Winners and Judges

2013 Competition

Winners:

Short Fiction:

First Prize: Ruel Johnson

Second Prize: Lesley-Ann Wanliss

Poetry:

First Prize: Vladimir Lucien

Second Prize: Ruel Johnson

Judges:

Short Fiction: Caryl Phillips, Olive Senior, Jan Lowe Shinebourne

Poetry: Easton Lee, Paul Keens-Douglas, Pam Mordecal

Past Winners and Judges

Winners:

Short Fiction:

First Prize: Sharon Millar

Second Prize: Alexia Arthurs

Poetry:

First Prize: Danielle Boodoo-Fortuné

Second Prize: Lynn Sweeting

Judges:

Short Fiction: Thomas Glave, Oonya Kempadoo, Elizabeth Nunez

Poetry: Kendel Hippolyte, Mervyn Morris, Opal Palmer Adisa

 

Winners:

Short Fiction:

First Prize: Barbara Jenkins

Second Prize: Heidi N. Holder

Poetry (two first place winners):

First Prize: Sonia Farmer and Danielle McShine

Judges:

Short Fiction: Erna Brodber, Zee Edgell, and Robert Antoni

Poetry: Fred D'Aguiar, Cyril Dabydeen, and Shara McCallum

 

Winners:

Short Fiction:

First Prize: Stephen Narain

Second Prize: Andrea Shaw

Poetry:

First Prize: Lauren Alleyne
Second Prize: Ishion Hutchinson

 

Judges:

Short Fiction:Merle Hodge, Marlon James, and Shani Mootoo

Poetry: Kwame Dawes, Ramabai Espinet, and Kei Miller

 

Winners:

Short Fiction:

First Prize: Ashley Rousseau

Second Prize: Alake Pilgrim

Poetry:

First Prize: Monica Minott

Second Prize: Tanya Shirley

Judges:

Short Fiction: Garfield Ellis, Geoffrey Philp, and Merle Collins.

Poetry: Edward Baugh, Lorna Goodison, and Mark McWatt.

 

 

 

 

 

 

 

Interviews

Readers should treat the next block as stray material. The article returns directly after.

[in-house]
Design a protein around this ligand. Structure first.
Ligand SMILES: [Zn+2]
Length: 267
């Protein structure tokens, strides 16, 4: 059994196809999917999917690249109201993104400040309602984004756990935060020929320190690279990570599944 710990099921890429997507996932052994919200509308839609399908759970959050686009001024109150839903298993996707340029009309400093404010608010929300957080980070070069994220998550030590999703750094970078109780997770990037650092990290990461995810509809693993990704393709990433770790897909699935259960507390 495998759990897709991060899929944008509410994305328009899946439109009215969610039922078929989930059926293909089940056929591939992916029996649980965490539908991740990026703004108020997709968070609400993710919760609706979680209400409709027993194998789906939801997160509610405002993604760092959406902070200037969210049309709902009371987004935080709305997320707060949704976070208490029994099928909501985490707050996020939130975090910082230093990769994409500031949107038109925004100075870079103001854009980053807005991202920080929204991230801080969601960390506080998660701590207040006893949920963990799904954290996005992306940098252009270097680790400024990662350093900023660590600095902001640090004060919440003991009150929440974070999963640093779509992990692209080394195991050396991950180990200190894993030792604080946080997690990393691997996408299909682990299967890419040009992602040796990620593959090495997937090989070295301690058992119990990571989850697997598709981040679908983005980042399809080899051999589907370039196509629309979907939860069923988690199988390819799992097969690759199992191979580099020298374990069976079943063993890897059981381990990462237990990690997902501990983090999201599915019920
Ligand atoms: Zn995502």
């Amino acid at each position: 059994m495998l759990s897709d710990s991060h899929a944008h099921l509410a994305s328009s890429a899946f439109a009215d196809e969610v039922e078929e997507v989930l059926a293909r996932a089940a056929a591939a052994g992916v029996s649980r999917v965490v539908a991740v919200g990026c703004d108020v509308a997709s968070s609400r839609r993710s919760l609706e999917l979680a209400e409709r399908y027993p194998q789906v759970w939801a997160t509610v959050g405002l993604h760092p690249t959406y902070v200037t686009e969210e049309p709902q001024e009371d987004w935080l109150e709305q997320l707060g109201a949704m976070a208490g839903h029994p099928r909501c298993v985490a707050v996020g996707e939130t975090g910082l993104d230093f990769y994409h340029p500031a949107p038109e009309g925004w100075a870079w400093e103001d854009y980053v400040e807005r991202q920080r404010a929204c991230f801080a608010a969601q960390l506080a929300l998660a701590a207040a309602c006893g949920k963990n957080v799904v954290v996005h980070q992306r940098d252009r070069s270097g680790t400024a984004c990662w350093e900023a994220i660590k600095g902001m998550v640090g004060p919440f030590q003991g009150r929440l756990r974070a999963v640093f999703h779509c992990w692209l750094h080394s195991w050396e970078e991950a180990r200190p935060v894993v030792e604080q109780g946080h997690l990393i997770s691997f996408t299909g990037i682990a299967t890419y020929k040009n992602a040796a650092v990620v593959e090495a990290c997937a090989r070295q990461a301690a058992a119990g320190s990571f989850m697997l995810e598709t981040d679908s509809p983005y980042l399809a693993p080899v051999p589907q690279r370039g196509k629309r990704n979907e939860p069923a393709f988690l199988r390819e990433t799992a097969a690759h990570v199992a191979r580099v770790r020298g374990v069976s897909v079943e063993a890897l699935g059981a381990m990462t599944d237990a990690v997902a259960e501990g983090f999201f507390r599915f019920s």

Archive for August, 2012

“We Chant the Hymn of Ages”

Friday, 31 August 2012

An Interview with Sasenarine Persaud

Stephen Narain

“And we chant the hymn of ages / Om bhur bhuwa swaahaa / Oomm bhur bhuwaa / Swaahaa tat savitur.” So ends the final stanza of Sasenarine Persaud’s poem “Porknocker, Come Home!”[1] Beneath a “diya-lit sky,” a miner, fresh from his journey into the Guyanese interior, sings the Gayatri mantra at a puja, submitting to the scent of daal mingling with “bhajee, baigan / Curry.”[2] Persaud’s poem invites us all, especially those in the Indo-Caribbean community—Hindu, Christian, Muslim, none of these—to pray with his porknocker. In one sense, the Indo-Caribbean reader, caught between his own thrills of ambition and the burdens of history, is Persaud’s porknocker. This sentiment energizes the poet’s work, much of it centered on the lives of the descendents of Indian indentured laborers who poured into the West Indies during the nineteenth century. Today, it is estimated that more members of this largely multiracial community populate pockets of New York and Toronto and London than the Caribbean itself.[3] While sociology books frequently cast the collective narrative of the Indo-Caribbean immigrant community within a comfortable teleology—migration, assimilation, cultural hybridity—Persaud’s poems avoid any such summary. The poet basks in the complex simplicity of the Upanishads. Like Walt Whitman, he is unafraid of contradiction.

Cultural hybridity—a staple of postcolonial theory and zealous reviews of Zadie Smith’s novels—a concept that I believed as an undergraduate would resolve all my identity crises, is particularly taken to task in Persaud’s work. His formulation of Yogic Realism, less a critical construction, more a “progressive comprehension,” connects ancient Indian philosophy to the writing process.[4] His nine poetry collections, including The Wintering Kundalini, and three works of fiction, including Canada Geese and Apple Chatney, blaze a stubborn, if fraught, trail back to India.

Born in Georgetown, Guyana, Persaud lived for several years in Toronto before settling down in Tampa, Florida. He holds an MA in creative writing from Boston University. His most recent poetry collections are Unclosed Entrances: Selected Poems (Caribbean Press, 2011), a selection of the Guyana Classics Library, and Lantana Strangling Ixora (TSAR Publications, 2011). This interview took place over e-mail in January 2012. (more…)